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expects to grow to employ around 100 people in Macau. The branch will be responsible for most of the charity’s


work in East Asia, such as coordinating fundraising centres to be opened in Singapore, Hong Kong, Taiwan, South Korea and Japan. It will oversee aircraft re tting in the mainland and aircraft servicing in Hong Kong, and draw up mission plans and  ight plans.


Flash of inspiration At present Global Flying Hospitals operates leased aircraft but it plans to eventually own and operate 12 planes of three dif- ferent sizes. Mr Newton has lived in China for three years and has trav-


elled all over the mainland. It is vital to be close to mainland China, to obtain central government approval to use mainland airspace and to mount medical missions, he says. While impressed by the country’s rapid development, Mr


Newton has seen the lack of infrastructure and healthcare fa- cilities in some rural areas and the need for swift assistance in the event of calamities such as the Sichuan earthquake. A pilot himself, Mr Newton created Global Flying Hos-


establish partnerships that will take care of the logistics. “We certainly look forward to having VIPs join as pa-


trons, to lend support and help,” says Mr Newton. The organisation has received donations only from small


and medium enterprises but its founder hopes Macau will be a source of bigger sponsors. It expects to close negotiations with a big hotel company soon. Volunteers can come from any walk of life and are needed


to help in  elds ranging from marketing to fundraising and administration. Global Flying Hospitals is also looking for medical staff and pilots interested in giving one or two weeks of their time a year to help those in need. Mr Newton believes that his charity can give something to


Macau in return, by creating new jobs, boosting business and ultimately promoting the city internationally. Global Flying Hospitals receives requests for help every


week, Mr Newton says. It is just waiting to get its  eet fully up and running to respond to all in need. The organisation has 53 full-time employees and 60 vol- unteers, ranging from medical professionals to fundraisers. It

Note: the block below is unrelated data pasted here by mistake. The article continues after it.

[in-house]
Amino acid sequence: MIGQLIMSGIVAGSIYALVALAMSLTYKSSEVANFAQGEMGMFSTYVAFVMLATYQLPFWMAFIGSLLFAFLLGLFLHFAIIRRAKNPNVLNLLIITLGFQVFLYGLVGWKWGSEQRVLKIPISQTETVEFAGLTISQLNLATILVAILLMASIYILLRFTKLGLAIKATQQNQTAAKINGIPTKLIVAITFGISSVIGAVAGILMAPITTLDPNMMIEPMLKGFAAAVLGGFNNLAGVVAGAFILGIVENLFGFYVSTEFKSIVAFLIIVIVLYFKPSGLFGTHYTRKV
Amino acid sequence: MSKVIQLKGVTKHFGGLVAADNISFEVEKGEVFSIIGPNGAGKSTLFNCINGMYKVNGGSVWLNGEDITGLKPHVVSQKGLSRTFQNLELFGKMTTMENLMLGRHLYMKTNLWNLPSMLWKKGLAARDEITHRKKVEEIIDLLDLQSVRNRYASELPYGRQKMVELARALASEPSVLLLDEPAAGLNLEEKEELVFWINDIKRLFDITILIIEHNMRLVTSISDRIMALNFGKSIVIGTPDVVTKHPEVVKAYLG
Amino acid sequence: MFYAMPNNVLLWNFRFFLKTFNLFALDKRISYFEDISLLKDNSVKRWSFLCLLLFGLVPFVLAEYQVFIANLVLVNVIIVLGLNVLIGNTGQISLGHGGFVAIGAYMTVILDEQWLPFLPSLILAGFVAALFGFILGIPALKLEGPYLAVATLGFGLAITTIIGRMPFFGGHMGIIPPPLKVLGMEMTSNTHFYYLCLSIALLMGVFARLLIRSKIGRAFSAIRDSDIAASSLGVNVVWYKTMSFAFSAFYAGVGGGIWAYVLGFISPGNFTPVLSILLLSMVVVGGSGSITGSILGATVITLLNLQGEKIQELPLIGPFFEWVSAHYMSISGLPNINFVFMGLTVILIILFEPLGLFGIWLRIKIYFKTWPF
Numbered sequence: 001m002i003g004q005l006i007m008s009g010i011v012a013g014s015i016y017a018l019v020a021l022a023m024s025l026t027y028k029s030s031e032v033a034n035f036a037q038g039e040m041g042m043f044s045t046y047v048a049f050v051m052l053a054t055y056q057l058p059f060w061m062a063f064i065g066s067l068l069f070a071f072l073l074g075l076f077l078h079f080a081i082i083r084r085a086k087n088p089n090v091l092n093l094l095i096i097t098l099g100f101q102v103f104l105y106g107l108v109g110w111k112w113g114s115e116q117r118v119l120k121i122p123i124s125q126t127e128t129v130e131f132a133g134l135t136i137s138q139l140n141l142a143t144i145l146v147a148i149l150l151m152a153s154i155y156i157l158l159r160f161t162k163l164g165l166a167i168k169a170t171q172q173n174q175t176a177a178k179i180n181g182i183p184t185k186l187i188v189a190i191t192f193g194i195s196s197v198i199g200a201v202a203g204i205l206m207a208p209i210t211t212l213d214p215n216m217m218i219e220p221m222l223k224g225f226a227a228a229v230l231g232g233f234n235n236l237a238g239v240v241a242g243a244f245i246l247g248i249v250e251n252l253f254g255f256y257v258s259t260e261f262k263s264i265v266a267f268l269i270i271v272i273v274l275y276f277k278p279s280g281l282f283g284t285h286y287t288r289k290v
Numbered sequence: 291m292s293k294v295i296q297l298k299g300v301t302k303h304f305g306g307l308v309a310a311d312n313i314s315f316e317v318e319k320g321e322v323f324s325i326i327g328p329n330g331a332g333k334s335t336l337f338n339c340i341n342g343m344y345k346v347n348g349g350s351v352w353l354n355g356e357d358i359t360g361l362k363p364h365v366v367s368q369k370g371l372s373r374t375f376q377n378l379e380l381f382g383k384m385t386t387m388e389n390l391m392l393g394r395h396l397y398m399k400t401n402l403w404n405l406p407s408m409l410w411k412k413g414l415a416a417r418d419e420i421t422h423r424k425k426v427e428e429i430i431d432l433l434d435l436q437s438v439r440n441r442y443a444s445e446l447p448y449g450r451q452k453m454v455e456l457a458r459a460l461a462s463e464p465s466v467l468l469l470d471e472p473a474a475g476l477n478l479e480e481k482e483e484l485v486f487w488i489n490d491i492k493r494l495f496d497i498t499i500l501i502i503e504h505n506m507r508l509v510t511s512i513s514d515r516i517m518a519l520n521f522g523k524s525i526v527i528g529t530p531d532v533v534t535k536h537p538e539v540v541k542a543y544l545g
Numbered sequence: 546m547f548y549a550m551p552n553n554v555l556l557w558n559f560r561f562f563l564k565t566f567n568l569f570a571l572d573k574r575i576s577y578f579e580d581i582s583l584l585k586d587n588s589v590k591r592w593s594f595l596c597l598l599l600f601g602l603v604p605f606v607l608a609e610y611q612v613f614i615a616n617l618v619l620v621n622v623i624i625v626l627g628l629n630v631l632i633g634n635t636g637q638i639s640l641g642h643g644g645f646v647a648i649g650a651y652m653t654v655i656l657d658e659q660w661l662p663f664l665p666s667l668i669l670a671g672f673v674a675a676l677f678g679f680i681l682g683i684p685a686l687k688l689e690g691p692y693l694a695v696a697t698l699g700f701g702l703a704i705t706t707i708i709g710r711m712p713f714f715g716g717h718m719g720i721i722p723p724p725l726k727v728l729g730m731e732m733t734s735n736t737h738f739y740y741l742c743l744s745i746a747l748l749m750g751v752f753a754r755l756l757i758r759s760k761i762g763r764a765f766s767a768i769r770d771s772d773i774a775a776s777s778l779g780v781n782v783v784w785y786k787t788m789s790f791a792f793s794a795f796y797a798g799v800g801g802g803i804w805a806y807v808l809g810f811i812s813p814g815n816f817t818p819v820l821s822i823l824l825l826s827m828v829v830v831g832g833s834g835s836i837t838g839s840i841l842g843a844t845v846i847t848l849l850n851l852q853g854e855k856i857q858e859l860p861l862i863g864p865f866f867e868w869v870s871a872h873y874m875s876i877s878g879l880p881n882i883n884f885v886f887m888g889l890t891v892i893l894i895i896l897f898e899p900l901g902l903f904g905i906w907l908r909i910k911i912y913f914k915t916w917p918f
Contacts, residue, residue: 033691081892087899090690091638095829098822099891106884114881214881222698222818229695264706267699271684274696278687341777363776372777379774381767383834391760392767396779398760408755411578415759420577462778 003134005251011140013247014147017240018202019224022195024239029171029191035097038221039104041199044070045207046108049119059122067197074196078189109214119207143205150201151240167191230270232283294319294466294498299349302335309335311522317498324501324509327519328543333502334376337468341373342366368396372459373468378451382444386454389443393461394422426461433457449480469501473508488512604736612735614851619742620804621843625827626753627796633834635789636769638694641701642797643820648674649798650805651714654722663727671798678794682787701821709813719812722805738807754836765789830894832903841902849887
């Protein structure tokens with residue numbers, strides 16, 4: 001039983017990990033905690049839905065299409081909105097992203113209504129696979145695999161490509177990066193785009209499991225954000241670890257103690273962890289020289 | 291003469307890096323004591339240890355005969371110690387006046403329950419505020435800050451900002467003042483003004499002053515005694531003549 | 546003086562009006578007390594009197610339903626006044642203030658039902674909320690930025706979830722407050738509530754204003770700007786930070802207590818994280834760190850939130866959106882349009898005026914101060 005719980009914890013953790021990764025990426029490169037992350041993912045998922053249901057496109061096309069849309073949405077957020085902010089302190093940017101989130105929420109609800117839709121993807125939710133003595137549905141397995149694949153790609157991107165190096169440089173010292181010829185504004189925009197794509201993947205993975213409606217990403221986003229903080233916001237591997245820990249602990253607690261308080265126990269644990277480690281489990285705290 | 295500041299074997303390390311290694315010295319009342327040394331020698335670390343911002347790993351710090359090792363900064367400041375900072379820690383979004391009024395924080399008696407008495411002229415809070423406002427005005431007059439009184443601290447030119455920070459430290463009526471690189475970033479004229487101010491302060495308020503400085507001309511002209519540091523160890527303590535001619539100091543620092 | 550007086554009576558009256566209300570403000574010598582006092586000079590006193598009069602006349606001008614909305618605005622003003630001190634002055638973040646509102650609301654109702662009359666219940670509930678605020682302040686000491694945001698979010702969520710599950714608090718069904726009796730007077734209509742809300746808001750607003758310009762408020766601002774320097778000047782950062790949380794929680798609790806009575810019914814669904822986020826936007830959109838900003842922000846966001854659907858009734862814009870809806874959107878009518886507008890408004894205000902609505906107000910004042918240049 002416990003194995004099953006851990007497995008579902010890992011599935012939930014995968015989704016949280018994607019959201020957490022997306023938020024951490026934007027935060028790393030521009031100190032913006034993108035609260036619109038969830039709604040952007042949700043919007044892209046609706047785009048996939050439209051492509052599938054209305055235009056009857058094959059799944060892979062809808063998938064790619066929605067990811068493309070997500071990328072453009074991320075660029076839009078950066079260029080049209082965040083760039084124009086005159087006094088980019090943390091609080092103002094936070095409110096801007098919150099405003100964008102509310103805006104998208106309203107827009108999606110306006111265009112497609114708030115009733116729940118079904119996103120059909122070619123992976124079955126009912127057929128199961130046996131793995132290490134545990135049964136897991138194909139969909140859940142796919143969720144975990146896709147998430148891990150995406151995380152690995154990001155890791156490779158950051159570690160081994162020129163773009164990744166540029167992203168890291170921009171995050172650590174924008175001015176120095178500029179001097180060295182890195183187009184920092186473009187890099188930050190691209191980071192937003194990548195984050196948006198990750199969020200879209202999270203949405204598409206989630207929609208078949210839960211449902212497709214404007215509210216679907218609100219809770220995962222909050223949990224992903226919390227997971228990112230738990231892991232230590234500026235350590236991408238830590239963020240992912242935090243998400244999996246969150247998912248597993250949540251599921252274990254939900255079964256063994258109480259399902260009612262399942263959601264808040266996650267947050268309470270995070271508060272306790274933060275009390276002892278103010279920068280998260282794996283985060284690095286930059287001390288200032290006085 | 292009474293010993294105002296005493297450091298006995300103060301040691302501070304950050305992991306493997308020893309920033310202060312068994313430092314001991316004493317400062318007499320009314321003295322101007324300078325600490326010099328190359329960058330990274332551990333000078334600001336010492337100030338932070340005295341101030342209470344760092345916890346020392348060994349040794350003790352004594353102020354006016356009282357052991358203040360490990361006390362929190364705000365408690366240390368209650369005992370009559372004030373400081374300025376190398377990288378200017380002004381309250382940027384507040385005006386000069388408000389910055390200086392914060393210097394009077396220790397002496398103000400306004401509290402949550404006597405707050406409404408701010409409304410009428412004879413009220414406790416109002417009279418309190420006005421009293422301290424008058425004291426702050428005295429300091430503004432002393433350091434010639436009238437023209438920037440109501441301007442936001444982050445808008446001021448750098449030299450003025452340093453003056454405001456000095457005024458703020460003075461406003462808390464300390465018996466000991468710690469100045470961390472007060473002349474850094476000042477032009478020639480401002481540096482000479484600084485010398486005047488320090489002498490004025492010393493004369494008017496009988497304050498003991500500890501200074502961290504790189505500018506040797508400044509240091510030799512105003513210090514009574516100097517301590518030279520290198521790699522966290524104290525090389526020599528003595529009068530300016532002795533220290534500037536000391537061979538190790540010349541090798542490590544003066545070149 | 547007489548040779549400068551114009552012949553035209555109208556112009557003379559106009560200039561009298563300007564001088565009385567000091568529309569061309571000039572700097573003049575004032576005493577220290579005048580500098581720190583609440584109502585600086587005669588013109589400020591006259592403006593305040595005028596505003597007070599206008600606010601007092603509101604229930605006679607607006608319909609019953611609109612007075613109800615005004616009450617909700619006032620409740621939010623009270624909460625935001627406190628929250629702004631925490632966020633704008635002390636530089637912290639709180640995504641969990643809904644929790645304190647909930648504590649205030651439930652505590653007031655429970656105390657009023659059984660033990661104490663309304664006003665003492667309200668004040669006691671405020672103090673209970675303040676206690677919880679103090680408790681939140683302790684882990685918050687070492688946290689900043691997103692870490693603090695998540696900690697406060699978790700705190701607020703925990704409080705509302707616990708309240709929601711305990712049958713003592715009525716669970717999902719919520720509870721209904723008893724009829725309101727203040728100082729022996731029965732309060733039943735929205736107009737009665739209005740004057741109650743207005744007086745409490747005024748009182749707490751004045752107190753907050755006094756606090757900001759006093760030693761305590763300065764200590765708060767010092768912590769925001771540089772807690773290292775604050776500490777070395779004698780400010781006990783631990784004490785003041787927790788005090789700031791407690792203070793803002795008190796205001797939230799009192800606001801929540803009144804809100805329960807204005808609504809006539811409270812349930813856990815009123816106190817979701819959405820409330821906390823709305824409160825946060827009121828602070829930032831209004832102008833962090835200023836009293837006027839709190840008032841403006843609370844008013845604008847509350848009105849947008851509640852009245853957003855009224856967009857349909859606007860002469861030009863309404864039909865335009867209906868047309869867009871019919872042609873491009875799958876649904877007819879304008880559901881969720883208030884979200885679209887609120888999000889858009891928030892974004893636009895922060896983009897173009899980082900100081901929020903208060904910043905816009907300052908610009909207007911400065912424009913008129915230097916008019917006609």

pitals in the United States in 2001. The idea for the charity struck “like a lightning  ash from heaven – put a hospital in- side an aircraft and take it to developing countries,” he says. The organisation began raising funds to buy aircraft and re t them as  ying hospitals, and soon started mounting missions. Using two narrow-bodied aircraft, Global Flying Hospi-


tals has already provided relief in areas struck by natural dis- asters such as Haiti, Japan, New Zealand and Pakistan. The organisation has also been on medical missions in remote ar- eas of West Africa to set up  eld clinics. These clinics, known as domes, are designed to be assembled in less than two hours and their versatility allows them to be used either as treatment centres or as temporary housing. “I clearly recall this 80-year-old lady in Nepal who had


suffered with cataracts for years. She was fending for herself, living in a small wooden hut in the hills. She would climb up and down the same small path holding a staff for support. After the surgery, when her bandages were removed, she had the largest smile that you could imagine. For the  rst time, she could  nd her way home by herself and unassisted.” “Surely, this is what it is all about,” says Mr Newton.


“Transforming people’s lives. It is the most rewarding [thing] all of us can do.”


JULY 2011


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